#YOUACT: YOUth ACTivism shaping our Intercultural Europe 14 - 19 Oct 2015, Budapest, Hungary Call for participants

21 Jul 2015

Europe is facing a moment of great difficulty. Politicians across the spectrum are misusing the difficult economic circumstances to gain votes for populist causes, targeting ethnic minorities and, increasingly, the migrants coming to Europe in search of a better future. As a result, nationalist parties are polling highly, and racist rhetoric and intolerance are on the rise, often disguised as economical arguments.

Traditional anti-racism work is losing ground, and it seems that the majority population is less and less perceptive to the values of solidarity and tolerance. We have to take a deeper look to understand the root causes of racism, and how it is enhanced by the political and social environment, to help us better target majority society.

We believe that achieve this aim, much greater efforts need to be made to mobilise young people. Thus we invite you to explore with us new ways in which youth work and youth activism can be effective in countering xenophobic tendencies.

About the situation in Hungary

In the last few years, Hungary has seen a rise of nationalist-populist sentiment. The ruling government appears unable to oppose these trends, and they themselves regularly victimise human rights defenders and immigrants in their political speeches in order to hide their incompetence in finding alternative solutions. A large number of young people in Hungary have already lost their belief in mainstream democratic parties and are one of the main target-groups for far-right parties. The most oppressed minorities: Roma, the LGBTQ community and Jews, are frequently targets of hate incidents and there is no sign of effective protection or prevention programmes. But all these worrying developments only make us more motivated not to give up, but work even harder for equality and against all forms of discrimination. The lesson that we have learnt is that human rights are not something we have inherited and will be there for us forever: we have to constantly work to protect them.

What can you expect from this conference?


Considering this complex situation, our conference aims to create a platform:
-To explore and reveal the core economic and psychological causes of racism as a step to identify adequate response for them
-To understand the recent developments, risks and challenges in Europe by exploring the local and regional context where youth antiracist work happens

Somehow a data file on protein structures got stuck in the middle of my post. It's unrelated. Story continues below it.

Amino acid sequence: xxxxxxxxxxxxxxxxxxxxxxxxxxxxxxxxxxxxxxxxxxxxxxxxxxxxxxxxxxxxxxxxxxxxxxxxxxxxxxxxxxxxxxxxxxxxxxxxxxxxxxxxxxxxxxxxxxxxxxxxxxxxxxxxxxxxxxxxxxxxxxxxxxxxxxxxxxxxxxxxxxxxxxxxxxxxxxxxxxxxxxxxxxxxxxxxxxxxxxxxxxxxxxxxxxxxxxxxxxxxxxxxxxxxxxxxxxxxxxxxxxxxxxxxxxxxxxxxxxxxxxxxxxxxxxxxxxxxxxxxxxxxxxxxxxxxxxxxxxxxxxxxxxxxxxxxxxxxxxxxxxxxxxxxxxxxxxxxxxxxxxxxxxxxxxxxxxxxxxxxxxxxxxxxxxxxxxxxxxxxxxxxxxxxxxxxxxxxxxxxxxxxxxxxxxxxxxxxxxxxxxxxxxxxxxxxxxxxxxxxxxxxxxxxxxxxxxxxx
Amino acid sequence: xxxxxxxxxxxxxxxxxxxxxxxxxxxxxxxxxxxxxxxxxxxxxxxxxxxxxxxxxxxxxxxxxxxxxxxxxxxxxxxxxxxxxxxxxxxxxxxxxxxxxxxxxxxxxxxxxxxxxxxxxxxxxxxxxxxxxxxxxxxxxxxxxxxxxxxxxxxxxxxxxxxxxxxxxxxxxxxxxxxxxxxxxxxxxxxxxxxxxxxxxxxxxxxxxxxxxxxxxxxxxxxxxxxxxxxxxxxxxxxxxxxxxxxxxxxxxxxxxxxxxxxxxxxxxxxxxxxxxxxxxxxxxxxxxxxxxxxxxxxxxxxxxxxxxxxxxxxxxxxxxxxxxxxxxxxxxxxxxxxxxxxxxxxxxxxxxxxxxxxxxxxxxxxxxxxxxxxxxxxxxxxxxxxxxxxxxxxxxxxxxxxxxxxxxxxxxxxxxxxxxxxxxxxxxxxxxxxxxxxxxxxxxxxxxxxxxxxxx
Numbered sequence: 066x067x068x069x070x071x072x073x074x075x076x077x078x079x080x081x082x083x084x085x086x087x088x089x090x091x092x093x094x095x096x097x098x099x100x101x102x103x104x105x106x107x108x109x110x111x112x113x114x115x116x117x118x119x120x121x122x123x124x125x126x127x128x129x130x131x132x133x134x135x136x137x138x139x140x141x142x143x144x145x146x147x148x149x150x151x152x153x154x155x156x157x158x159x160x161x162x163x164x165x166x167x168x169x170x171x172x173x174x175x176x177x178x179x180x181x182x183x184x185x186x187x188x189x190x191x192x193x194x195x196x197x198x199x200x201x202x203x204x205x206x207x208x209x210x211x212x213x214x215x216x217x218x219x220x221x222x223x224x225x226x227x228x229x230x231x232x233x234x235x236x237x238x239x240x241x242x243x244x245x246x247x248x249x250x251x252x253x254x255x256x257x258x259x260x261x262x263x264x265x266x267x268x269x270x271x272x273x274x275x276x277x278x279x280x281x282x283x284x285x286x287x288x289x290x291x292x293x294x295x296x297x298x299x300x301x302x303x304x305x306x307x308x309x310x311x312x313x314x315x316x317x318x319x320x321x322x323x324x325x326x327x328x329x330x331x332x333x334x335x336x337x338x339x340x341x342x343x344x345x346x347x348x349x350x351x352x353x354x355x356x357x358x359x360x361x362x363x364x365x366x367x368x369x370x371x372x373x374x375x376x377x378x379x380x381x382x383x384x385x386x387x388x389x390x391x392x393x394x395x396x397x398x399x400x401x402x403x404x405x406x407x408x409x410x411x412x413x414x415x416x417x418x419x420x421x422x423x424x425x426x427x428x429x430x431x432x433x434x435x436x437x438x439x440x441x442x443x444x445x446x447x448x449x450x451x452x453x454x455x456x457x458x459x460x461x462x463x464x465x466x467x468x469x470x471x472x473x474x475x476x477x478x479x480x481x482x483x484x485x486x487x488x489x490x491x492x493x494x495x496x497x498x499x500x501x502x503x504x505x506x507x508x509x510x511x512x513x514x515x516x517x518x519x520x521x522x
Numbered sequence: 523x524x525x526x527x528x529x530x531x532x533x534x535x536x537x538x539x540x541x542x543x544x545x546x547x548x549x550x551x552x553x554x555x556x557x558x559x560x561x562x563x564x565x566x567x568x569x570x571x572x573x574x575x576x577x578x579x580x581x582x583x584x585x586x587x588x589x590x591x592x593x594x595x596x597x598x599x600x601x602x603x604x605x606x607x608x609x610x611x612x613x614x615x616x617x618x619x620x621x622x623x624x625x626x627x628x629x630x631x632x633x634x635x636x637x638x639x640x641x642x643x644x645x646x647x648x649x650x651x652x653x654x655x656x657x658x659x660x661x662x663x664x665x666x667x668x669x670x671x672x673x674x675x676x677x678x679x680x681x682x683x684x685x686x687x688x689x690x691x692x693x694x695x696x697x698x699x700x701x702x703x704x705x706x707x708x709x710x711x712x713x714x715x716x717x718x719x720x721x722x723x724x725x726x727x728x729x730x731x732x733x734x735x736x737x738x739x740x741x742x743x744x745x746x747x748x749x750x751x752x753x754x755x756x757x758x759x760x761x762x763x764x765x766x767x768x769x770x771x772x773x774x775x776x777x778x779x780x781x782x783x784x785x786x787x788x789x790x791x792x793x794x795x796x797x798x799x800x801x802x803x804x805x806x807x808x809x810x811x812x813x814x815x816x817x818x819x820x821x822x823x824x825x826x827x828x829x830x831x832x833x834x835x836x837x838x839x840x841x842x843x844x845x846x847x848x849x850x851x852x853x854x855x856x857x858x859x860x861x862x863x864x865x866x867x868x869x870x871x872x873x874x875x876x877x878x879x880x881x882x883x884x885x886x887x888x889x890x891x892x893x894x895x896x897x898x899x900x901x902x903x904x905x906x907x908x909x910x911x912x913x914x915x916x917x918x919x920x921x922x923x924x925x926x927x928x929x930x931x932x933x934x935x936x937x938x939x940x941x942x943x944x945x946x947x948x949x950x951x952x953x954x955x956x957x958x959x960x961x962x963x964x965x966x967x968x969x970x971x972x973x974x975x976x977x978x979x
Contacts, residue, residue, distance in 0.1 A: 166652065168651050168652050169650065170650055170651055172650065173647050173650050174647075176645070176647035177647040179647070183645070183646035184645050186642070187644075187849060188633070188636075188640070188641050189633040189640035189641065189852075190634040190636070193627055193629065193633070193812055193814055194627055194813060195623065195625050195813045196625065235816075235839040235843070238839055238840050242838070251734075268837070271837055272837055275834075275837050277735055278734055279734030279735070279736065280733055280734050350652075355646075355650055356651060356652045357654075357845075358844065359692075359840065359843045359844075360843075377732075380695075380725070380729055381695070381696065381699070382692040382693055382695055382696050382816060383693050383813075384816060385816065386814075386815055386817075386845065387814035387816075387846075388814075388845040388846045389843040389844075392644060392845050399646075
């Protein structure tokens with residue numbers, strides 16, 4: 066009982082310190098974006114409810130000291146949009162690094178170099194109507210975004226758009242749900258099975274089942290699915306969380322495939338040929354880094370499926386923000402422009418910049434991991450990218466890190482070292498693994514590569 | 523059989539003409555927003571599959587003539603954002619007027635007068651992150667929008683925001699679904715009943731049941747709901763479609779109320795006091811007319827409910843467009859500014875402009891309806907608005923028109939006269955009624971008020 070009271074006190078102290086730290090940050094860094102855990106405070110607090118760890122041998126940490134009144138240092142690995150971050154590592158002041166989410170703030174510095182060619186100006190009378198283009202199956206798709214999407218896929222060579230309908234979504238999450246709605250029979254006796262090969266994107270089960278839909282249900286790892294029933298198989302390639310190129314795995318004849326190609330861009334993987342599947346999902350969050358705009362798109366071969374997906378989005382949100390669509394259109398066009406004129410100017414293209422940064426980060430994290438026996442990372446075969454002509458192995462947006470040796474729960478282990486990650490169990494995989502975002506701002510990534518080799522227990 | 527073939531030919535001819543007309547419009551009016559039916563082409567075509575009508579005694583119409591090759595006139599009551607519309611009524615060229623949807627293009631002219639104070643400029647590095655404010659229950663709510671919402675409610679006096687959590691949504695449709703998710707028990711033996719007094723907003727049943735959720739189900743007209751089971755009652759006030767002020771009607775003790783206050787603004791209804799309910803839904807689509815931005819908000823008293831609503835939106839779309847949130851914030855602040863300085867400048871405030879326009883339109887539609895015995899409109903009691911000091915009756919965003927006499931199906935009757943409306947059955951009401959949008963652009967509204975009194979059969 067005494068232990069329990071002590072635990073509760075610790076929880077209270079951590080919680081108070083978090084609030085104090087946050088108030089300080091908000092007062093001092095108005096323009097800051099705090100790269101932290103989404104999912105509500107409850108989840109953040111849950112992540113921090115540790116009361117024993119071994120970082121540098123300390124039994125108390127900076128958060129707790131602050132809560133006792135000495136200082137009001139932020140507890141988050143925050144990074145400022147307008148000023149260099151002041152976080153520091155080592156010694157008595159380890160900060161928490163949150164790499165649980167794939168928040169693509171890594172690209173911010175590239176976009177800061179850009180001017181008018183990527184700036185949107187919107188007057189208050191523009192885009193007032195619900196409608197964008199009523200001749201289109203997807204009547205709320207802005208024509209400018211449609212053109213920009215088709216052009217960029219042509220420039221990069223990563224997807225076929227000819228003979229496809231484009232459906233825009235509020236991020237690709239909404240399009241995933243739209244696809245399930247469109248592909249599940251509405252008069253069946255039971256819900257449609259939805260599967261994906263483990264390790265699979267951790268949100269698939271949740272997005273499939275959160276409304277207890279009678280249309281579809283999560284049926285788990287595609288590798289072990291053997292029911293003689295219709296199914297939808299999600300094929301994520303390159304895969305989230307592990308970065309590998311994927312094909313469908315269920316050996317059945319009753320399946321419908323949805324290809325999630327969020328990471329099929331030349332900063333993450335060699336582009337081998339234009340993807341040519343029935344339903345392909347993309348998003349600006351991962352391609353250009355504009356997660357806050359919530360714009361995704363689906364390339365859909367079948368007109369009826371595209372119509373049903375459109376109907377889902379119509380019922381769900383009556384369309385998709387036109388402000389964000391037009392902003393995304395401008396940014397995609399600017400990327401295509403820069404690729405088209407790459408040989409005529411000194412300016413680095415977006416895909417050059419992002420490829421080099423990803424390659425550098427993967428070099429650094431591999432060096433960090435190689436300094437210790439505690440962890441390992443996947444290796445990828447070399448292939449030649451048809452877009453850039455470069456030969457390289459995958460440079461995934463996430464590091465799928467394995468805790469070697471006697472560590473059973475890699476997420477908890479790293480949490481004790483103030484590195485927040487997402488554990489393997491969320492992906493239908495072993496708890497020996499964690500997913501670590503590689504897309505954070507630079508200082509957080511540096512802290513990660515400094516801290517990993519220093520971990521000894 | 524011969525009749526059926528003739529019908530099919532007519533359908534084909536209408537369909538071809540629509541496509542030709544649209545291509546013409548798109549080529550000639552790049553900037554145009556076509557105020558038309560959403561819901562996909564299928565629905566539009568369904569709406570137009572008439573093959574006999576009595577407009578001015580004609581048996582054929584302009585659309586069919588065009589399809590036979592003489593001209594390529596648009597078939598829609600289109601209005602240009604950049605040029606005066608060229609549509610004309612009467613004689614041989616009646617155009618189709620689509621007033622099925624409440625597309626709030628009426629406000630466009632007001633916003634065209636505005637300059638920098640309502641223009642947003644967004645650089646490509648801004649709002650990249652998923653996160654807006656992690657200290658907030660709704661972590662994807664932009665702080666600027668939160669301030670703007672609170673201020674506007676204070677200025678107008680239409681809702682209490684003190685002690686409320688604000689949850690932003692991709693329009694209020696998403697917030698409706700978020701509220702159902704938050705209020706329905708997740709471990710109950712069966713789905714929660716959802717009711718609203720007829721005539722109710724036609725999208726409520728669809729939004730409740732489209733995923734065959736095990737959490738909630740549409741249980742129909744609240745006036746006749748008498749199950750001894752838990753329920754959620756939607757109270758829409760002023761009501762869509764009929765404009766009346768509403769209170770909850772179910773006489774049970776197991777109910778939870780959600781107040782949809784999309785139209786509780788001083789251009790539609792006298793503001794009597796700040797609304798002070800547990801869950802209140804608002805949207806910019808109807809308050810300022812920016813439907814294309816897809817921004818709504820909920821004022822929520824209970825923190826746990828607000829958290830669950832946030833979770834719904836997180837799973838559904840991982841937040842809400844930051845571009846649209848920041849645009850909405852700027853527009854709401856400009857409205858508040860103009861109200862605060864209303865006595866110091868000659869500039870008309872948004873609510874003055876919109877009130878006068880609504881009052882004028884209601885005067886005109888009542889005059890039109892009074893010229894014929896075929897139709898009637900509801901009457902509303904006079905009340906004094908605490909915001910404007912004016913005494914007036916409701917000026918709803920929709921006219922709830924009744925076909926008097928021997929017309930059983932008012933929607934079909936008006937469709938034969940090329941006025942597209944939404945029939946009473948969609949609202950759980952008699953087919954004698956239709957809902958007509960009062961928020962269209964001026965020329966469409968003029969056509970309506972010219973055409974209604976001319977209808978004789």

-To exchange and create new methods and good practices in antiracist youth work both offline and online
-To build opportunities for working together more efficiently whilst increasing motivation for innovation and networking through youth work.

Your knowledge, expertise, and input as a participant will be invaluable. Together with around 75 NGO representatives from more than 30 European countries we will work on the promotion and protection of all civil, political, economic, social and cultural rights. That is why we would like to invite your organisation to nominate a delegate for this conference and join us in Hungary in order to meet, learn, and network. We offer you the opportunity to get connected and build networks across Europe, to share your approaches in youth work and contribute to developing new ways for involving young people in antiracist campaigning. We will tackle questions such as: What can you do against intolerance, racism, and xenophobia? How can you become active on a European level or in your own country? How can you get involved in our European campaigns?

Financial terms & conditions here: http://www.unitedagainstracism.org/conferences/upcoming-conference/conditions/

Application form: 

UNITED is the largest pan-European anti-racist network of more than 550 organisations. Twice a year, at the UNITED network conferences, antiracist and human rights activists from all over Europe meet and discuss effective ways of combating racism and discrimination. At a recent UNITED conference held in May 2015 in Spain participants from 35 countries discussed the topic of Migration and social inclusion in Europe.

For an impression from previous conferences have a look at the posts onfacebook.com/UNITEDnetworkConference